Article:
Piracy threat

2009-04-17 00:00

TWENTY years ago an American official reputedly said that Somalia had ceased to exist; and that no one cared. They do now. The world’s oldest failed state is causing anarchy over a million square miles of Indian Ocean. Piracy, once just a historical curiosity, is on the rise.

It is now big business. Masterminded from the autonomous region of Puntland, it is well organised and equipped with the latest technology. Ransoms, according to one estimate, netted $80 million last year, over a dozen vessels may be held at a time, and hijack attempts average one a day. The pirates include technical experts, militiamen and fishermen who have lost their livelihoods.

The navies of 15 nations are now involved in trying to curb piracy. That they mean business is shown by the force recently used by the Americans and French. The International Law of the Sea tends to favour pirates, although the United Nations Security Council has authorised all necessary means to pursue them. Armed convoys seem one obvious defensive measure, but the ultimate solution lies on land.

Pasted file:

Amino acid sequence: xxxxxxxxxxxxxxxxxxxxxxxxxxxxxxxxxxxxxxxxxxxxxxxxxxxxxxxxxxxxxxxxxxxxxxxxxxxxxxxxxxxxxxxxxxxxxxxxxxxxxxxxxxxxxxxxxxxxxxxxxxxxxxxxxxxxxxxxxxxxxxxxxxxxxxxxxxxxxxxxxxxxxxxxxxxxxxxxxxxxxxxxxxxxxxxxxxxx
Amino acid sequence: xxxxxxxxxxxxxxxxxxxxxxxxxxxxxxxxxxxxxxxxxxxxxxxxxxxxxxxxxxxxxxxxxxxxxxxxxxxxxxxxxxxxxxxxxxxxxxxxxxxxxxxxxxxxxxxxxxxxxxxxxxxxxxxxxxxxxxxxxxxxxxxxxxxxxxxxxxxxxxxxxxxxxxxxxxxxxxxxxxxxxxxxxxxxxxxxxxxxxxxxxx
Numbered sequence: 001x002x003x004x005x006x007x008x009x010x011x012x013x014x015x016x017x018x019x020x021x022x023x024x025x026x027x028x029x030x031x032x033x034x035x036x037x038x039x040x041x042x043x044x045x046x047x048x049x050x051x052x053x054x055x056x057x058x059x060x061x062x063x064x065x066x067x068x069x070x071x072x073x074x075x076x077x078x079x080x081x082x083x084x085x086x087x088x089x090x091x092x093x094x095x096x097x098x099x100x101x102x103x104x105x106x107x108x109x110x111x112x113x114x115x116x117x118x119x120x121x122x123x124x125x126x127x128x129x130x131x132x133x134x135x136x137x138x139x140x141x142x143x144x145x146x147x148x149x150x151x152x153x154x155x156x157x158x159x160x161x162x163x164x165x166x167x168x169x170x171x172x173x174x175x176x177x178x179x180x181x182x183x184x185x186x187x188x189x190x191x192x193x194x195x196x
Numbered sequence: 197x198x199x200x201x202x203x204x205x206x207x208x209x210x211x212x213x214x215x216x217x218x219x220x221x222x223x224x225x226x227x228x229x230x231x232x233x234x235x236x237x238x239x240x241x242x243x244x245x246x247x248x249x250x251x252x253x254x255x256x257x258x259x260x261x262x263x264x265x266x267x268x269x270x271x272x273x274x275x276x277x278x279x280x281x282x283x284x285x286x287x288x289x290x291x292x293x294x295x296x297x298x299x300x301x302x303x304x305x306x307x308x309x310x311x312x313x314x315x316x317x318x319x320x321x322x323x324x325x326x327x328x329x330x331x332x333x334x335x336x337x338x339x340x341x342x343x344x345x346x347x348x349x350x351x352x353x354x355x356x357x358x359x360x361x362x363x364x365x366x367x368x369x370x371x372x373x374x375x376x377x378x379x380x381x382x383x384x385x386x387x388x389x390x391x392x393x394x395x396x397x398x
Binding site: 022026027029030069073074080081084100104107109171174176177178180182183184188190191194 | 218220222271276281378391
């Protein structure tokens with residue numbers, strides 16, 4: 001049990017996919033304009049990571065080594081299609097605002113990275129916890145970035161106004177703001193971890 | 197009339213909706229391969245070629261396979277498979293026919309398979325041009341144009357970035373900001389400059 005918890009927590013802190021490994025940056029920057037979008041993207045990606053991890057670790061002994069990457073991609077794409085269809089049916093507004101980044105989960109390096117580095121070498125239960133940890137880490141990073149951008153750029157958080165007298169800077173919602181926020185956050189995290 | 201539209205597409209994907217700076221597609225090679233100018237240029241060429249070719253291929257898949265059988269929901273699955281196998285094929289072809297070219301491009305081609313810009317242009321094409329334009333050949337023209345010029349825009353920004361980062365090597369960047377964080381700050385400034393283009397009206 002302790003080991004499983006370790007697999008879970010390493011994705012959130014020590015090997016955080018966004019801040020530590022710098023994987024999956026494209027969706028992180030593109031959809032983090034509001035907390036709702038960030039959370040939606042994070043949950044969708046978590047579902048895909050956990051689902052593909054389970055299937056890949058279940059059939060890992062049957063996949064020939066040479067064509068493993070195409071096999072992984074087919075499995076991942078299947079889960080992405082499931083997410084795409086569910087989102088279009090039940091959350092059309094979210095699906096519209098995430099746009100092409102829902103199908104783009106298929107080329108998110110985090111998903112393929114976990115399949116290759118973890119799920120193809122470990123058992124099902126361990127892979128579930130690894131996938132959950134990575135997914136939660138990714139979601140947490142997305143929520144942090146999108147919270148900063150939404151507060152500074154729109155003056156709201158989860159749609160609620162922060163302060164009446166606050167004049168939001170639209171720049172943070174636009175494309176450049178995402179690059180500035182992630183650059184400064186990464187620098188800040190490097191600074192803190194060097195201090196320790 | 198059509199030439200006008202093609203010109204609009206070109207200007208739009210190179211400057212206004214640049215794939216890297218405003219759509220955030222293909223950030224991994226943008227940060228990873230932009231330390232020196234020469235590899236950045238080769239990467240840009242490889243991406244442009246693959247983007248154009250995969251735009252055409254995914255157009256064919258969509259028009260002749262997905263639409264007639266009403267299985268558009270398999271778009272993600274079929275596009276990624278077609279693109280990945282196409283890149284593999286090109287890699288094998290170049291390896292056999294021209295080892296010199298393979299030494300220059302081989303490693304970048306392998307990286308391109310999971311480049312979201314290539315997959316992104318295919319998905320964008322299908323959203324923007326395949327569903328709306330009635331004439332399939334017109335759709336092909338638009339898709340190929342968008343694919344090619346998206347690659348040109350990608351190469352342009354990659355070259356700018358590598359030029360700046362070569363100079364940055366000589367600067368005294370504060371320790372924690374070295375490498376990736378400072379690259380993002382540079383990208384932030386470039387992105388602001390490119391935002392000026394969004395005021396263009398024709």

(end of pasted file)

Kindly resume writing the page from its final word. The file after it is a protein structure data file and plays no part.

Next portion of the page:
For South Africa, the main strategic threat is to its trade. Both coasts of Africa are affected. Piracy infests waters from the Gulf of Aden to Mozambique, while the world’s second hot spot is the Gulf of Guinea. Hijacking has been factored into insurance premiums and this has had a general inflationary effect on freight charges.

While all shipping off the East African coast is at risk, vessels carrying food aid into Mombasa are of particular significance. The American captain dramatically rescued last weekend was from such a ship. Disruption to the supply of aid to Sudan and Ethiopia could have disastrous humanitarian consequences, worsen the refugee crisis and lead to further regional instability.

An increasingly violent maritime war is being conducted in seas of direct interest to South Africa. The fallout on the mainland threatens the stability of countries that already affect this country’s national security. The infamous arms deal that has dominated South African politics for a decade involved four corvettes and three submarines. Shouldn’t they be put to good use?

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